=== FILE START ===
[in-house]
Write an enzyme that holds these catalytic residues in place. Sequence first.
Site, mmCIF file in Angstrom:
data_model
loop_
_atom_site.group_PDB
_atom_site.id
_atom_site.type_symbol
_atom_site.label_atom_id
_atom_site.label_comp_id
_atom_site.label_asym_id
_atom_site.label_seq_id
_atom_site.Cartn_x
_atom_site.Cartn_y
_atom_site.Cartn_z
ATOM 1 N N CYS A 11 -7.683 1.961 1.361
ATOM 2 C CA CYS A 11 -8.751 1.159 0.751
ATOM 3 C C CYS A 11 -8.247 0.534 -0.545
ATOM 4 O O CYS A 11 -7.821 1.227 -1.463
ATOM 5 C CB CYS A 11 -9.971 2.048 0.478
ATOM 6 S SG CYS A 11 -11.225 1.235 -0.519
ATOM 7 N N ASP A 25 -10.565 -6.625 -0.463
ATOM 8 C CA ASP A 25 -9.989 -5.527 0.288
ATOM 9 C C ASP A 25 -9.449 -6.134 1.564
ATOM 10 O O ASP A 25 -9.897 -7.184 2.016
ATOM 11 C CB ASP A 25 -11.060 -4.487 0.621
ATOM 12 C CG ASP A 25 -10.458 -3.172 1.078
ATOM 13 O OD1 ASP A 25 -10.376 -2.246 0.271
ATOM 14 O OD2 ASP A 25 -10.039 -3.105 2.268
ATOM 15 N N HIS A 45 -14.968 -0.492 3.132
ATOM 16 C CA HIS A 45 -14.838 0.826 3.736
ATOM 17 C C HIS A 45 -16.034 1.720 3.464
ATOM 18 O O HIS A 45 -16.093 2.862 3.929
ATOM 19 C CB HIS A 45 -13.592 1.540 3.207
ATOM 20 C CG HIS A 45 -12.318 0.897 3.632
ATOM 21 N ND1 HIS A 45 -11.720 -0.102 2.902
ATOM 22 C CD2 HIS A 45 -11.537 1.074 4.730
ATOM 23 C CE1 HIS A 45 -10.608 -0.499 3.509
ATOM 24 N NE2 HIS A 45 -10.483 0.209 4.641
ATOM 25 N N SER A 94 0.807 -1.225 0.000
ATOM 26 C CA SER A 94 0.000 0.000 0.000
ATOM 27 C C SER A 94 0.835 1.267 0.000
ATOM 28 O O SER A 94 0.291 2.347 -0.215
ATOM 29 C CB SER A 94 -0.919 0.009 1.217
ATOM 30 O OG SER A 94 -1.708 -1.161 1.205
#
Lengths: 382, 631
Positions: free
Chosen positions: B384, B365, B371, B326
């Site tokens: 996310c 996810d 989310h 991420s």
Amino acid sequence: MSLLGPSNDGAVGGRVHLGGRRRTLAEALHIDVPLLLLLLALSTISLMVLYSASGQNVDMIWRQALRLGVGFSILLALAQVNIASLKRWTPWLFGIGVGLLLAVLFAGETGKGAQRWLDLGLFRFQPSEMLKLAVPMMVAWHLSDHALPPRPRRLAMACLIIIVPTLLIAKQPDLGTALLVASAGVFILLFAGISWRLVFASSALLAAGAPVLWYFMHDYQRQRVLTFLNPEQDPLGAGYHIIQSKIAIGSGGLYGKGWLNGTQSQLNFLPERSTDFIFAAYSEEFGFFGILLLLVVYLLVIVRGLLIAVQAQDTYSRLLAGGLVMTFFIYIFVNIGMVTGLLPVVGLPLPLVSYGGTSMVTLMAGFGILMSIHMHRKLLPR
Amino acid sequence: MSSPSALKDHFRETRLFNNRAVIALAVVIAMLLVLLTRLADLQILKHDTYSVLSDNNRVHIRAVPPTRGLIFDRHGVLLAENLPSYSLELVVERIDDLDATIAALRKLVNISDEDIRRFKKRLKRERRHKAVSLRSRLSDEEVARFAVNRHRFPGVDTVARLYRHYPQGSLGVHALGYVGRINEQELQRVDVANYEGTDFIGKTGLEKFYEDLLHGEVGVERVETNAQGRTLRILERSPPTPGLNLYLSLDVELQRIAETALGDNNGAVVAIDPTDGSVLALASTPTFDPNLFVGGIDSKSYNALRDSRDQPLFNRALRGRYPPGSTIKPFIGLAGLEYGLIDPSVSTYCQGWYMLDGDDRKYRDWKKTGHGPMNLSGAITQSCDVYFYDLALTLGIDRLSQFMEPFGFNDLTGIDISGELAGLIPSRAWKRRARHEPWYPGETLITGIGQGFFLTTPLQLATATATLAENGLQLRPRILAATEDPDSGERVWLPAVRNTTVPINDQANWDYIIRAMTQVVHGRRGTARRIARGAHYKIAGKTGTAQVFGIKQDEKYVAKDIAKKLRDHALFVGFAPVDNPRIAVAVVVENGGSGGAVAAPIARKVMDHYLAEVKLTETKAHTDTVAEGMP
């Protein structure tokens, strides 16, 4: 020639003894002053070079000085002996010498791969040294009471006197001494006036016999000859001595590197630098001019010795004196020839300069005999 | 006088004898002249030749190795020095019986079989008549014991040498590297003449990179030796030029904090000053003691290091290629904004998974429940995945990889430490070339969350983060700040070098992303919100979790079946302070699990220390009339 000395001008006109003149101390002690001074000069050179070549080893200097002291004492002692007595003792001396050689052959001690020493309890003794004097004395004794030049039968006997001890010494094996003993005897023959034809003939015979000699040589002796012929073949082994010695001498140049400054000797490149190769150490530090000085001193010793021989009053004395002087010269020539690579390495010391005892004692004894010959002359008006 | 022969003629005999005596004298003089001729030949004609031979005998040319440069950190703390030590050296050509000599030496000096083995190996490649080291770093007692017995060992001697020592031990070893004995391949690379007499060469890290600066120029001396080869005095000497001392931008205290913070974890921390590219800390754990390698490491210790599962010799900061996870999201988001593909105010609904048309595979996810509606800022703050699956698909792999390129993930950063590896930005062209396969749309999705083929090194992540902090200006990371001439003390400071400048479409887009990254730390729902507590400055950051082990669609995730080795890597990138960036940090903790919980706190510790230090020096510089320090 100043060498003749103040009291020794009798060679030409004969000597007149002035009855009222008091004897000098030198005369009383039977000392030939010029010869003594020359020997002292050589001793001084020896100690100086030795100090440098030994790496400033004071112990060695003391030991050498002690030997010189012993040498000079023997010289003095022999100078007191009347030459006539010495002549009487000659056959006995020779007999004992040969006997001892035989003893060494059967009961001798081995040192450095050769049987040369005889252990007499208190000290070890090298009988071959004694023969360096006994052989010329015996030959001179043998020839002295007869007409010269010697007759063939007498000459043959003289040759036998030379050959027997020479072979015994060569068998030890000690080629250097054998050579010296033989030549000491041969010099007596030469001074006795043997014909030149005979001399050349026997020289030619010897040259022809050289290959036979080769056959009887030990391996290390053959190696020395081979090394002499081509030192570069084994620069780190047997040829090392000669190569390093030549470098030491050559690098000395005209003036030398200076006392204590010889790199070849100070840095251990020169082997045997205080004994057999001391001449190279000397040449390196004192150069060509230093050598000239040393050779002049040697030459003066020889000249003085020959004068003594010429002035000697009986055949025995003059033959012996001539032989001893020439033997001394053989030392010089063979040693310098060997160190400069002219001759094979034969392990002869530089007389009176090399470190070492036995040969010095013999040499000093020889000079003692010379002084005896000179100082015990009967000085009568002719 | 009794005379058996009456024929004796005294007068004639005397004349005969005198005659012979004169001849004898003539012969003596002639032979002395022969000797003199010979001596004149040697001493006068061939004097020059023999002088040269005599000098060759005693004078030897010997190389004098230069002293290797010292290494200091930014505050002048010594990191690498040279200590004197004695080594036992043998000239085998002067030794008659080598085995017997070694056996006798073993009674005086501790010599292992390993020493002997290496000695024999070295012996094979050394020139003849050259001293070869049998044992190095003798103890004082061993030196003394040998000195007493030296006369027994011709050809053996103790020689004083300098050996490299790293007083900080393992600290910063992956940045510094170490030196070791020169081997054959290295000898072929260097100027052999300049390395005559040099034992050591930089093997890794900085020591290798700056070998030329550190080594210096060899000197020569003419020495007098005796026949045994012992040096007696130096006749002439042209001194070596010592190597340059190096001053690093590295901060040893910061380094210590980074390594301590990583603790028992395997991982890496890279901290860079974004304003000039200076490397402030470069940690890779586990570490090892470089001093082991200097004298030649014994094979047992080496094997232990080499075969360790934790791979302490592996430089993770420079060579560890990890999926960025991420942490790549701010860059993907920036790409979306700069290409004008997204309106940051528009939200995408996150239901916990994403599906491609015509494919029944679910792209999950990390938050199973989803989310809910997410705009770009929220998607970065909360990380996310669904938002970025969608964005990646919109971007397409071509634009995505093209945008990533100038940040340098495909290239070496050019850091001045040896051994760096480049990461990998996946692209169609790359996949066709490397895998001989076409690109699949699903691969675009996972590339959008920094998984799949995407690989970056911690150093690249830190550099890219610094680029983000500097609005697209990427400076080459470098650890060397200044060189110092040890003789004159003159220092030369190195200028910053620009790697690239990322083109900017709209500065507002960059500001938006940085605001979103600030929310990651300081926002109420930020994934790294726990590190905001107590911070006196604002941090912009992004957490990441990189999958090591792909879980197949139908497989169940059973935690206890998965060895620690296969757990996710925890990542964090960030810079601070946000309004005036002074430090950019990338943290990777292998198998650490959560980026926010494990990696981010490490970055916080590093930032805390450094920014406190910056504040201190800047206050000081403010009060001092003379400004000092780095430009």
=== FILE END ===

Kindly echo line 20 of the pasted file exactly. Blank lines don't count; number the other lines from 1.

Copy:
ATOM 5 C CB CYS A 11 -9.971 2.048 0.478